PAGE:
'Chat' is Google's alternative to Apple's iMessage, and is based on RCS

Alonzo Simpson
April 20, 2018

Google is switching gears in the messaging space once again, and will now focus on a new service called Chat, which will try and improve the standard SMS app on Android phones.

Google is reportedly "pausing investment" in Allo to double down its efforts to push Chat.

RCS or Rich Communication Services is an enhancement layer based on SMS or MMS.

Once enabled, it promises to allow for richer and multimedia friendly messaging features found in other texting apps like iMessage and WhatsApp.

Like WhatsApp and iMessage, Chat will also have a desktop interface for texting. According to The Verge, Google is trying again to fix its messaging mess, and this time they are trying something different. Still, there exists a fundamental difference between the working of iMessage and Chat where the Apple based service uses its own servers to route messages the Chat application is going to do that using the telecom carriers. Unlike Allo, Hangouts, and Android Messages, Chat will not be an app. Google had marketed the Allo messenger as a flawless messaging app and it comes loaded with a number of features including stickers, GIFs and also a web-client.

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Security experts have warned that Chat does not offer encrypted communication. This partnership with the operators is a work in progress and also potentially one of the factors that may make Chat hard to succeed.

So Chat is not just another messaging app, but instead it is a "carrier-based service" that will be turned on by default inside the Android Messages app (if your carrier supports it). As RCS messages shouldn't be more than a couple of bytes, this shouldn't really affect anyone, though carriers could ultimately change how Chat messages are billed. Also, GIFs and stickers are also expected features, as they're practically a standard on most messaging apps.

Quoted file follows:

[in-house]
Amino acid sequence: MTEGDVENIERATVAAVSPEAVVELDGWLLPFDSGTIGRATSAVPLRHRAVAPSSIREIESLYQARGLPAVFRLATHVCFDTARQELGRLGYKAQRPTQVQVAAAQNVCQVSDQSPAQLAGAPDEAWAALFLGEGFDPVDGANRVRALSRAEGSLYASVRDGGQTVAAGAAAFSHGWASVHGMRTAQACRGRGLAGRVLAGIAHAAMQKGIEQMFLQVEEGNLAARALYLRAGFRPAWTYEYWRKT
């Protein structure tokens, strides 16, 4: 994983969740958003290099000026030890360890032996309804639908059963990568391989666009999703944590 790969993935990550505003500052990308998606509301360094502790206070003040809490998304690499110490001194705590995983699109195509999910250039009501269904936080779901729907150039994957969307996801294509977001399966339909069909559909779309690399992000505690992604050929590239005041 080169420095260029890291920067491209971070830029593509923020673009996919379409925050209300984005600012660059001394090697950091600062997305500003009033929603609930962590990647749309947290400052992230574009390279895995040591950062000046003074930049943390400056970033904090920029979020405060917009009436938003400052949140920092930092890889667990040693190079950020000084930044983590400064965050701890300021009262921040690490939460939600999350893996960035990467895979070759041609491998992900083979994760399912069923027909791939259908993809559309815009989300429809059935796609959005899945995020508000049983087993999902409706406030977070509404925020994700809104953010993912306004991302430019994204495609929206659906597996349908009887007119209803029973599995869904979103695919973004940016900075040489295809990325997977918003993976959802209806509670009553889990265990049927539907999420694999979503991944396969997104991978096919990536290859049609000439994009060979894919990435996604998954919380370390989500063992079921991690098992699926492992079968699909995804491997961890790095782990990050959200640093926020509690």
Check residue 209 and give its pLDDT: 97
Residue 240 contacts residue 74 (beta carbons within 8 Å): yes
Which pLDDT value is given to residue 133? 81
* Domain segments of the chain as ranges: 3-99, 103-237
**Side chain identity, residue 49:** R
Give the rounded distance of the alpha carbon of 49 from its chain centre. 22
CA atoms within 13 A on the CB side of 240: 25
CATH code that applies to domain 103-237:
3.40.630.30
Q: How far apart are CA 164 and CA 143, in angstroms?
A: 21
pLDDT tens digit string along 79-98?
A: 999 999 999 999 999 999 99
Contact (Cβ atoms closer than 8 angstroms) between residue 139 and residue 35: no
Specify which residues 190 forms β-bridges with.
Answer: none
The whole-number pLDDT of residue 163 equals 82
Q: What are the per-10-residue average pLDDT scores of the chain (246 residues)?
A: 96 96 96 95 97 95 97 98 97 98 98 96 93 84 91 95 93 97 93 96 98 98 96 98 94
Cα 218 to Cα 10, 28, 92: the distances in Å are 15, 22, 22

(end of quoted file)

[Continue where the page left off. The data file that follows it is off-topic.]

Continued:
Chat messages will affect user's data plan and not their SMS plan (unless a message is sent via SMS). The report states that Google has been trying to get the backing of every major cell phone carrier on the planet, and has reportedly seen some considerable success in the U.S. Currently, 55 carriers (including AT&T and Verizon), 11 OEMs, and Microsoft are all said to have agreed to support the standard. Just open up Android Messages, then send a text message. Now though, 55 carriers, 11 OEMs, and two operating system providers have promised to adopt the new technology or make the necessary switch for it.

Anil Sabharwal is the leader of the Chat project and is also the man behind the well-received Google Photos app. This means that if a recipient isn't on Chat, the message will be converted to SMS/MMS, which is what Apple's iMessage is already doing.

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